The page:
F.E. Warren Air Force Base, Wyo. – Before joining the U.S. Air Force and serving a purpose greater than himself, Staff Sgt. Anthony Fields, 790th Missile Security Forces Squadron flight security controller, was perusing a much different passion: playing football.
In both his service and football career, Fields has been successful by applying himself, going above and beyond and by staying dedicated to the path in front of him.
His passion for football started when he was young, and he often played in the backyard with an uncle who was playing in college. When he was in seventh grade, Fields sought out the school’s football coach to begin playing on an organized team. However, the coach told him and his younger brother they could not join the team due to their small size. Instead of hindering his drive to play football, the denial fueled it further and Fields spent the next year working out to get bigger and make the team the next season.
The next season, his hard work did pay off and he made the team.
“The next year my brother and I went back to the same coach, but this time bigger from working out,” said Fields. “The coach said if we could tackle his hardest runner we could be on the team. I leveled the guy and broke his face mask, all from anger and wanting to be on the team.”
Fields played football through the rest of high school, continued to play at Nassau Community College in Garden City, New York, from 2007 to 2009 and then played on a semi-professional team.
During his time playing semi-pro, he got the opportunity to attend a football camp at Rutgers University in New Brunswick, New Jersey, also attended by National Football League scouts. Fields approached a scout with the New York Jets and after talking for a while, he was invited to their practice facility. Fields signed a contract with the team and played as an outside linebacker on their practice team for the next two years.
“It was fun for me, and it reminded me of college, just with bigger and faster players,” said Fields. “During my time with the Jets, I definitely gained some maturity and I also gained some poise and learned to be calm in different situations.”
Fields did not continue with the Jets past one contract, and instead began working three different jobs so he could help his mother pay the bills. Then, in 2014, a friend approached him with the idea of joining the military. Fields told his friend “good luck”, but wasn’t interested in enlisting himself – at first. But luckily for Fields, his friend wouldn’t take no for an answer. He told Fields that he didn’t want to see him still working multiple jobs when he was done and retired from his military career. So, after a long conversation about the future, Fields went and talked to a recruiter and later enlisted in the Air Force.
Although Fields ranked security forces third on his list of about ten preferred careers during his enlistment process, that is what he was selected for.
“I was actually excited when I got the call about being security forces, and I am still excited that I get to serve in this job,” Fields said. “Looking back, in my mind I saw security forces as something that would allow me to help people. Where I grew up in New York was a bad neighborhood where we were constantly in a fight between being good or being bad. Security forces gives me the ability to help and do something good in good light.”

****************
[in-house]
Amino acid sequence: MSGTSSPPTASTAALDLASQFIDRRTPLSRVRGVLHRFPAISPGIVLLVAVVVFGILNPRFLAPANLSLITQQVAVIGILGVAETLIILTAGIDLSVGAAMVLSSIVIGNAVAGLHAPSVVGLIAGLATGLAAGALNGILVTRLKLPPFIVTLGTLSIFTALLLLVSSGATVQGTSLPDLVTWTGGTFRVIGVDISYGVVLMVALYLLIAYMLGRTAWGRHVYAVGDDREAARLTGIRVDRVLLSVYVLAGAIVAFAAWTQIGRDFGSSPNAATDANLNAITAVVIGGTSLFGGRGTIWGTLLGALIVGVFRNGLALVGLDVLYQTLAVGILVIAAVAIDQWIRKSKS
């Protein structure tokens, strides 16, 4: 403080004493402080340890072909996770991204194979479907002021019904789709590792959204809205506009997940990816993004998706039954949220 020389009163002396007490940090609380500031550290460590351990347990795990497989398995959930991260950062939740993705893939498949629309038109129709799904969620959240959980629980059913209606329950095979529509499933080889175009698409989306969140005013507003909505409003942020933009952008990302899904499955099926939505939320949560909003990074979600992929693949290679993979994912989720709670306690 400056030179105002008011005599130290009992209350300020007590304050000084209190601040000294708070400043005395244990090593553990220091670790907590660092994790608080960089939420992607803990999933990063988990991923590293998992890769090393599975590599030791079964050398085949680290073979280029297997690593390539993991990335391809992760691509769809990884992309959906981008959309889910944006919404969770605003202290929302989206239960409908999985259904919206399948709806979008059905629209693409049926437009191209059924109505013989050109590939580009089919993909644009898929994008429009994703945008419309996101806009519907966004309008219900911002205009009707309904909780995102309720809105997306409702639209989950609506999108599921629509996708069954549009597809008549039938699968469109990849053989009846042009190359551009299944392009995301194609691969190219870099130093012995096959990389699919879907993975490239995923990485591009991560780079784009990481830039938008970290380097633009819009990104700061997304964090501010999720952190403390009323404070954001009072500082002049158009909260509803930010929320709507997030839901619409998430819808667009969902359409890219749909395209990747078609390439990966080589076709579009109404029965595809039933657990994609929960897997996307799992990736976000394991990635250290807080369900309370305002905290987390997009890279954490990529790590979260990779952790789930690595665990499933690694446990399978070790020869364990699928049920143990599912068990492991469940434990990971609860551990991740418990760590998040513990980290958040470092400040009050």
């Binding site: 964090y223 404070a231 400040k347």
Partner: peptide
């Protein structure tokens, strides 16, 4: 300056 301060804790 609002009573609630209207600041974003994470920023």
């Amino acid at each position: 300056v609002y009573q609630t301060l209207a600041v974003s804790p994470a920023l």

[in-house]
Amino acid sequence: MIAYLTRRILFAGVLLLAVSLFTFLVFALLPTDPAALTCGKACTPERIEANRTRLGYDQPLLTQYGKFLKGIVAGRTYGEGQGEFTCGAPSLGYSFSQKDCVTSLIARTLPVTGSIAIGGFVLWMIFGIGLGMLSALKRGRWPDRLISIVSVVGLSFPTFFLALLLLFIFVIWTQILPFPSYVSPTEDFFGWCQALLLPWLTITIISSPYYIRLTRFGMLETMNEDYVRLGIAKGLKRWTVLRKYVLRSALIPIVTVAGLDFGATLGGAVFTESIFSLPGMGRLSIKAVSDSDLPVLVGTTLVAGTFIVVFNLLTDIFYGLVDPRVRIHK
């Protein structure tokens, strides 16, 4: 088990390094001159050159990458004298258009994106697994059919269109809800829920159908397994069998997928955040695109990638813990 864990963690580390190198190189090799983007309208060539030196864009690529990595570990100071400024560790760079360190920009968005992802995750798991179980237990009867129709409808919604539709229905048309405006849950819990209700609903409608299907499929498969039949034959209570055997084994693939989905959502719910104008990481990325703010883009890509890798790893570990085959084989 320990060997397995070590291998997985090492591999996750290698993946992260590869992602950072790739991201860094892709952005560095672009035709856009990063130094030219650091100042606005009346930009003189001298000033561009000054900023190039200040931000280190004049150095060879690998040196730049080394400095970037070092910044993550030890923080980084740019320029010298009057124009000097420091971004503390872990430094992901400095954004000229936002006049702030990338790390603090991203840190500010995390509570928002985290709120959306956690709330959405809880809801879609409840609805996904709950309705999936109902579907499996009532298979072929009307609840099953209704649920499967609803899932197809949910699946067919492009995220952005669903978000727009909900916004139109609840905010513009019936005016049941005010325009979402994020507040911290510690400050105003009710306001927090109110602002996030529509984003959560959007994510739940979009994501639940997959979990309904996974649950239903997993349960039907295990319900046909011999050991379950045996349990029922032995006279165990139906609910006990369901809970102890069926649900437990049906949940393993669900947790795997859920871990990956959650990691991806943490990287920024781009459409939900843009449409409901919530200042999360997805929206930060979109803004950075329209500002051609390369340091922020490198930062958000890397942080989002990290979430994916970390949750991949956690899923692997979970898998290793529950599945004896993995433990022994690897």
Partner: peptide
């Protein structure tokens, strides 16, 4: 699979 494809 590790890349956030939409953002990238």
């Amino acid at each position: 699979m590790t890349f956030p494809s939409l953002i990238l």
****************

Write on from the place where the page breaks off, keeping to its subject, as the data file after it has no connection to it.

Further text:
Since joining, Fields has served at Minot Air Force Base, North Dakota, with the Tactical Response Force team and then at Fort Leonard Wood, Missouri, as a U.S. Army special reaction team instructor. Now, he is a flight security controller with 790 MSFS and trips out to the fields for a week at a time every three weeks. As an FSC, Fields ensures security in a portion of the 9,600 square mile missile field by dispatching security forces teams to check alarms, provide security for maintenance operations and to perform regular checks. Fields also checks each visitor’s credentials and allows or denies their access onto the facility in his role as an FSC and communicates directly with the missileers in the capsule downstairs.
Fields also enjoys volunteering and helping others outside of his role as a defender. He has joined committees since arriving in Wyoming, mentors with the Airmen’s Council and has volunteered for school events in Cheyenne. He also gets his football fix in by coaching for the Cheyenne flag football team that his daughter plays on.
Today, Fields attributes his positive outlook toward helping Airmen and his neighbors, to his teachers, coaches and friends that he met at his school in New Jersey. They showed him a different way of life, one with care and concern for his well-being, from the rough living situation of his old neighborhood of Jamaica in Queens, New York City.
When Fields received his orders to F.E. Warren AFB, he made a promise to himself that he would join committees, mentor junior enlisted Airmen on the Airmen’s Council, volunteer and become an active member of the Cheyenne community. All of those things he has been doing since his arrival, and will continue to do past his time here.
|F.E. WARREN AIR FORCE BASE , WY, US